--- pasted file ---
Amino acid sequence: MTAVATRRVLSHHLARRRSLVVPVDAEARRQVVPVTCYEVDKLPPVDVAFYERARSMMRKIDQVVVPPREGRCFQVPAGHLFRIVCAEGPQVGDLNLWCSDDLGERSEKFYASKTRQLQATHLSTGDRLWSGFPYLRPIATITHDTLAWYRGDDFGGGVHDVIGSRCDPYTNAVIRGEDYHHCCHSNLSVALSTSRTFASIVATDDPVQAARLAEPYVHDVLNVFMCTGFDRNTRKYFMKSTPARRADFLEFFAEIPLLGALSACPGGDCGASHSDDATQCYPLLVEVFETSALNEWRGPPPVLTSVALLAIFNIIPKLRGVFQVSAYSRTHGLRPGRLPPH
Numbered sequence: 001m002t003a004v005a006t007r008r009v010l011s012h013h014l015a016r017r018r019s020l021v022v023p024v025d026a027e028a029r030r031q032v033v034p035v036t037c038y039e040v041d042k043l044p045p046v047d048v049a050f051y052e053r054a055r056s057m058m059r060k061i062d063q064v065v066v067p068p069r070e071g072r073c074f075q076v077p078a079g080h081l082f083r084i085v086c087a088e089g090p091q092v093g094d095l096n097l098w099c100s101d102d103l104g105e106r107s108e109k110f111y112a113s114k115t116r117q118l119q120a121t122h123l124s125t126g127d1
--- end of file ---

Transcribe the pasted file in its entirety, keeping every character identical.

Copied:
Amino acid sequence: MTAVATRRVLSHHLARRRSLVVPVDAEARRQVVPVTCYEVDKLPPVDVAFYERARSMMRKIDQVVVPPREGRCFQVPAGHLFRIVCAEGPQVGDLNLWCSDDLGERSEKFYASKTRQLQATHLSTGDRLWSGFPYLRPIATITHDTLAWYRGDDFGGGVHDVIGSRCDPYTNAVIRGEDYHHCCHSNLSVALSTSRTFASIVATDDPVQAARLAEPYVHDVLNVFMCTGFDRNTRKYFMKSTPARRADFLEFFAEIPLLGALSACPGGDCGASHSDDATQCYPLLVEVFETSALNEWRGPPPVLTSVALLAIFNIIPKLRGVFQVSAYSRTHGLRPGRLPPH
Numbered sequence: 001m002t003a004v005a006t007r008r009v010l011s012h013h014l015a016r017r018r019s020l021v022v023p024v025d026a027e028a029r030r031q032v033v034p035v036t037c038y039e040v041d042k043l044p045p046v047d048v049a050f051y052e053r054a055r056s057m058m059r060k061i062d063q064v065v066v067p068p069r070e071g072r073c074f075q076v077p078a079g080h081l082f083r084i085v086c087a088e089g090p091q092v093g094d095l096n097l098w099c100s101d102d103l104g105e106r107s108e109k110f111y112a113s114k115t116r117q118l119q120a121t122h123l124s125t126g127d1